The US dollar on Friday fell after US jobs data showed a strong, but not blockbuster employment picture for last month, while a separate report showed that US services industry activity contracted for the first time in more than two-and-a-half years in that month.
Employers added 223,000 jobs last month, more than economists’ forecasts of 200,000. Wages also grew 0.3 percent last month, less than the 0.4 percent in November and below forecasts of 0.4 percent.
That lowered the year-on-year increase in wages to 4.6 percent from 4.8 percent in November.
“There was a bit of a fear that this could be quite a blockbuster print in terms of job growth,” which was a risk due to seasonal adjustments that are common in December, said Mazen Issa, senior foreign exchange strategist at TD Securities in New York.
The easing wage growth was also “encouraging,” Issa added, although he noted hawkish elements in the data.
“You had the unemployment rate dropping, which was not expected, and an increase in the participation rate,” he said. “This number doesn’t do anybody any favors in determining whether the Fed needs to do 25 or 50 at its next meeting.”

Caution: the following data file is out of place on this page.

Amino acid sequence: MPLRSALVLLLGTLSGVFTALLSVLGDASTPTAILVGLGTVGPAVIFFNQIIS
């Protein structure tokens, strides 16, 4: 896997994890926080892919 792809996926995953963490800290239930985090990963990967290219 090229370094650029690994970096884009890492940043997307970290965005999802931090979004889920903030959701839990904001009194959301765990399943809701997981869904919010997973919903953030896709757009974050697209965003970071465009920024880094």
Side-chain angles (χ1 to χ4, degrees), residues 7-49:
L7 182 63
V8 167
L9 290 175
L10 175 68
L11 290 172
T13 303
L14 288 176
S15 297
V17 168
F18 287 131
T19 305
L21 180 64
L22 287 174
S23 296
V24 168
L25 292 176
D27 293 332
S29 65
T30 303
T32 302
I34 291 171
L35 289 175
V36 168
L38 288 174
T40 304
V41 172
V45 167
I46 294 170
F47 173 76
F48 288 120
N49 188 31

The dollar fell 1.17 percent on the day against a basket of currencies to 103.88, after reaching 105.63, the highest since Dec. 7.
The New Taiwan dollar yesterday rose against the US dollar, gaining NT$0.017 to close at NT$30.695, up 0.42 percent from NT$30.708 a week earlier.
The euro on Friday gained 1.19 percent to US$1.0645 and was on track for the biggest percentage daily increase since Nov. 11.
The greenback fell 1.03 percent against the yen to ￥132.07.
The dollar extended losses after the Institute for Supply Management said its nonmanufacturing purchasing managers’ index (PMI) dropped to 49.6 last month from 56.5 in November.
It was the first time since May 2020 that the services PMI fell below the 50 threshold, which indicates contraction in the sector that accounts for more than two-thirds of US economic activity.
The US Department of Commerce on Friday also said that factory orders fell 1.8 percent in November, after gaining 0.4 percent in October.
Economists polled by Reuters had forecast orders falling 0.8 percent.
Additional reporting by staff writer, with CNA
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